FOR all-weather touring the drop-head coup6 has many advantages, and it is not surprising that its popularity is increasing in this country. It is, however, by no means a simple body to design, and the difficulty of folding away the roof-fabric neatly, the possibility of its being damaged by chafing, and the expensive workmanship required to make a rattle-proof framework have all limited its application. The Grimston-Hartley method of construction overcomes these three difficulties and should considerably extend the appeal of the all-weather body.

The principle involved is to replace the fabric rear quarters with a curved metal panel, which is secured at its rear end on two T-shaped slides which travel up or down two slotted guides on the curved rear panel of the body, while the front end of the roof-panel is supported on two swinging arms.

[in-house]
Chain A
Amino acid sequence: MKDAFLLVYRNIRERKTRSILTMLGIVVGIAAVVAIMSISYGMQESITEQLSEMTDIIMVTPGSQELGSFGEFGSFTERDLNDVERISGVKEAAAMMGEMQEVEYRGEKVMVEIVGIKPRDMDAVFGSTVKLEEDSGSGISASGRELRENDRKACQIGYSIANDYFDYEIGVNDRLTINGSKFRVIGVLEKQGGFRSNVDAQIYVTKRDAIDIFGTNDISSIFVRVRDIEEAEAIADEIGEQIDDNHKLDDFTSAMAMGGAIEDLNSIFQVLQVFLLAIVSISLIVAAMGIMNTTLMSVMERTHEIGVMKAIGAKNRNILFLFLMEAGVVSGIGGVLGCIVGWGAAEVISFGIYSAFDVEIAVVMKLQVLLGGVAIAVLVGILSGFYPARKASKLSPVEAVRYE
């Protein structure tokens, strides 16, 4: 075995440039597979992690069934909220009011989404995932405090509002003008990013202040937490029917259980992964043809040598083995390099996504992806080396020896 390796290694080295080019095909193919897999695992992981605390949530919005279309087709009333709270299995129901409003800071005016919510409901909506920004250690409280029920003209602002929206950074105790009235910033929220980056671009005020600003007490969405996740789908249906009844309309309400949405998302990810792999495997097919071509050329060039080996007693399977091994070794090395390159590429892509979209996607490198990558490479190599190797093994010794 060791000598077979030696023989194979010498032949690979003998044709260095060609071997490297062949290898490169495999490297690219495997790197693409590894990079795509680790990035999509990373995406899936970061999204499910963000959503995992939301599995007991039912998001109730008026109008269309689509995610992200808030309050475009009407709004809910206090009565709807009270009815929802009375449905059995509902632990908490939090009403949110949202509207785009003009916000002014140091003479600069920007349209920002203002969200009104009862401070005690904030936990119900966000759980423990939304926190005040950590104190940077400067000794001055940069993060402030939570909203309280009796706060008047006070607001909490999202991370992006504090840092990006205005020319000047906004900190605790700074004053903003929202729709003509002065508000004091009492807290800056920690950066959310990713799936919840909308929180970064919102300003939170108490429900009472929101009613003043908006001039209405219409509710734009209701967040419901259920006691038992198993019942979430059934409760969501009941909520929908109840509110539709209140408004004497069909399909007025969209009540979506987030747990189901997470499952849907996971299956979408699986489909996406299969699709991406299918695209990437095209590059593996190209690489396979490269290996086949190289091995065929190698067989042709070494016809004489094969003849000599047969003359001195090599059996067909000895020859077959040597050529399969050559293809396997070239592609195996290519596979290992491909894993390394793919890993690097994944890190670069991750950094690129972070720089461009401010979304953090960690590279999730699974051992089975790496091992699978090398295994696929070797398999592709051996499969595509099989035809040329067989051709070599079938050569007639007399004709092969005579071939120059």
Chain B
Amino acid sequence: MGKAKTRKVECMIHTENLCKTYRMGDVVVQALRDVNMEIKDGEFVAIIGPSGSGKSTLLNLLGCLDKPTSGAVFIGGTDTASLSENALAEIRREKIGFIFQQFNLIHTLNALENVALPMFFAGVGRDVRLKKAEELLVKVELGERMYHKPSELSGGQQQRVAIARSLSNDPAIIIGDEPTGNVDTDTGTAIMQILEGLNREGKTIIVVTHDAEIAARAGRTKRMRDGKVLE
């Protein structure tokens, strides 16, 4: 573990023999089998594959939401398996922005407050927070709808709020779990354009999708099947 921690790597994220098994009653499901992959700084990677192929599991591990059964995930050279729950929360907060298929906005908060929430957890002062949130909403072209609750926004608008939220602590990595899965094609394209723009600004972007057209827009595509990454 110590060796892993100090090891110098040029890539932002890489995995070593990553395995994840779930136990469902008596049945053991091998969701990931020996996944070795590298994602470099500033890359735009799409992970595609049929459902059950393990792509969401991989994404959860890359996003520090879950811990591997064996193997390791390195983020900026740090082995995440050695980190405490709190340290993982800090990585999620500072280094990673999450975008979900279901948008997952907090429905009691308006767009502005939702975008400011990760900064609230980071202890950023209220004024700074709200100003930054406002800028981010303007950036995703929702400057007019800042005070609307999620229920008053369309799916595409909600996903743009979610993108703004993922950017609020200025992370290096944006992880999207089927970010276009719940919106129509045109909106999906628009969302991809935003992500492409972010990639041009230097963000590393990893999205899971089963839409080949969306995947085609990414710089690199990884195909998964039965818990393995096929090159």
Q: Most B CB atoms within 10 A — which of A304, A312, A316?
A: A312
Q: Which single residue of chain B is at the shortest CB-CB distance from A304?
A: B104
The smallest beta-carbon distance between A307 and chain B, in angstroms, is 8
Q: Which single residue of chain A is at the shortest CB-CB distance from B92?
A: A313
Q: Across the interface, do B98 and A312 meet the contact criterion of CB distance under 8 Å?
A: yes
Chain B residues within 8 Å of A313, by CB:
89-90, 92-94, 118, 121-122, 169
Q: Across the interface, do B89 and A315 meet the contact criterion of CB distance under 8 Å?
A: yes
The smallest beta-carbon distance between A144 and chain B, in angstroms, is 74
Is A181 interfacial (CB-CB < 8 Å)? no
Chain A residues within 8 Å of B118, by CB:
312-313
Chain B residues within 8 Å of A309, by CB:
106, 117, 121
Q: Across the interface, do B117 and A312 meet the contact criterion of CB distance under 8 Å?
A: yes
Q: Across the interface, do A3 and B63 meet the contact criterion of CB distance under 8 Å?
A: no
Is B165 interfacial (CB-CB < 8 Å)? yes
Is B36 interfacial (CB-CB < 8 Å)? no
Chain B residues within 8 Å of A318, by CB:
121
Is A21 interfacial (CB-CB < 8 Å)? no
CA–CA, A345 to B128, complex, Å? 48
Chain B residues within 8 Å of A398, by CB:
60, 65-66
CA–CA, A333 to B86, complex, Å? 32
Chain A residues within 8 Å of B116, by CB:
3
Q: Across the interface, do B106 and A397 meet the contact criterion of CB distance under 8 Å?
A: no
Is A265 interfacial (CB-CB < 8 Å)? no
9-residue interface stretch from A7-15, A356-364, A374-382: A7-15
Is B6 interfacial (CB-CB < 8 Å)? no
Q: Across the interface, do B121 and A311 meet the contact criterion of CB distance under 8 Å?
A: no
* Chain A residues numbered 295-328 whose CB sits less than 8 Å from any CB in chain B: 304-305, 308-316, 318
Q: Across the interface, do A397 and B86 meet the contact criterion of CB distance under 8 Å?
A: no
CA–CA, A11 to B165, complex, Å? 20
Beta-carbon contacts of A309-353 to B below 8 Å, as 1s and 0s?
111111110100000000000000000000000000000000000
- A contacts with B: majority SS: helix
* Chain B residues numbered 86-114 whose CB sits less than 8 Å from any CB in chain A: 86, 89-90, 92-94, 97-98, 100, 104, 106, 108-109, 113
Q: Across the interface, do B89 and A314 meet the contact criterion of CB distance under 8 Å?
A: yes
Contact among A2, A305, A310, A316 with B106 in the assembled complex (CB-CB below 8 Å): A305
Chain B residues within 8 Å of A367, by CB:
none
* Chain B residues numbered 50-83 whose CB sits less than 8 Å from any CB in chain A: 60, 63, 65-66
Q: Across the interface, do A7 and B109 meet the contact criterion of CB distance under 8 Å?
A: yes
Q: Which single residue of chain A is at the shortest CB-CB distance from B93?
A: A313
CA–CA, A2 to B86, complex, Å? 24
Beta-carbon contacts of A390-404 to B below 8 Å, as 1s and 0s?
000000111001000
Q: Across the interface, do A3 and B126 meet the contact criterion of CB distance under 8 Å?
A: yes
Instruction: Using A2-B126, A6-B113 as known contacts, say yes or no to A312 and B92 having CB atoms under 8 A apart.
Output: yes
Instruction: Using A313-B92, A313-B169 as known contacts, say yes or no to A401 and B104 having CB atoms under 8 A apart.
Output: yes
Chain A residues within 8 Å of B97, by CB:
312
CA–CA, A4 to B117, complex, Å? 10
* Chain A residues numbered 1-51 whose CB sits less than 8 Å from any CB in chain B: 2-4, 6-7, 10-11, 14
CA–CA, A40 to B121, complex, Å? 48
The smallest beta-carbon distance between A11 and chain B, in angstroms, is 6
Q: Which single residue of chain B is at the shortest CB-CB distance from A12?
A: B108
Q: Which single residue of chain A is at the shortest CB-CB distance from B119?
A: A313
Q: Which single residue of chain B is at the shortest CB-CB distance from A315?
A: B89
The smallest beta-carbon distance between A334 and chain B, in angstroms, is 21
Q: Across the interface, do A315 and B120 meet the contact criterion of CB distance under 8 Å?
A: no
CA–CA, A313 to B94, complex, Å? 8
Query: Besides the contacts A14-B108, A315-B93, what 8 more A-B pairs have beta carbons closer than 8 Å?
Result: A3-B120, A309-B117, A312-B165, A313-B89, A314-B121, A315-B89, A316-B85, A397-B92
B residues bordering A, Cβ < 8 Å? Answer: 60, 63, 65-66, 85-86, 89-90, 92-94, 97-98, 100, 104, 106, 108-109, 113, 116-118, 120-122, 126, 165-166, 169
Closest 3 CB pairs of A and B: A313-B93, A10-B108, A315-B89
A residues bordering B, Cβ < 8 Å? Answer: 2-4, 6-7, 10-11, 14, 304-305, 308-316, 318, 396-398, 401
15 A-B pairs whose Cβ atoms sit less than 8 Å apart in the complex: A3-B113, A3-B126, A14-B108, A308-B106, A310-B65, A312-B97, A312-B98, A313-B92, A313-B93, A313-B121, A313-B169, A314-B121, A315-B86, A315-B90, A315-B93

The head is lowered by releasing a catch and sliding back the panel, which then fits flush over the rear panel of the body, and the design permits of curved oi sweeping tails. By means of a springloaded cable the head may be made selferecting, while the tracks are tapered at the top and bottom ends so as to lock the slides without rattle in the raised and lowered positions. The Grimston-Hartley construction may be used both for two and four-light bodies. In the first place, the panel clips directly on to the screen, and the swinging supports are hidden in the curve of the roof, while on four-light designs a normal type of fabric extension is used and may be supported on telescopic rods. The triangular windows in the quarters are pivoted at their forward corners, and are

attached to the supporting arms, so that they swing up into position as the metal roof is raised.

A number of prominent coachbuilders are interested in this ingenious design, which should soon be on the market. The address of the inventors is ” Greycoats,” Park Road, Haslemere, Surrey.

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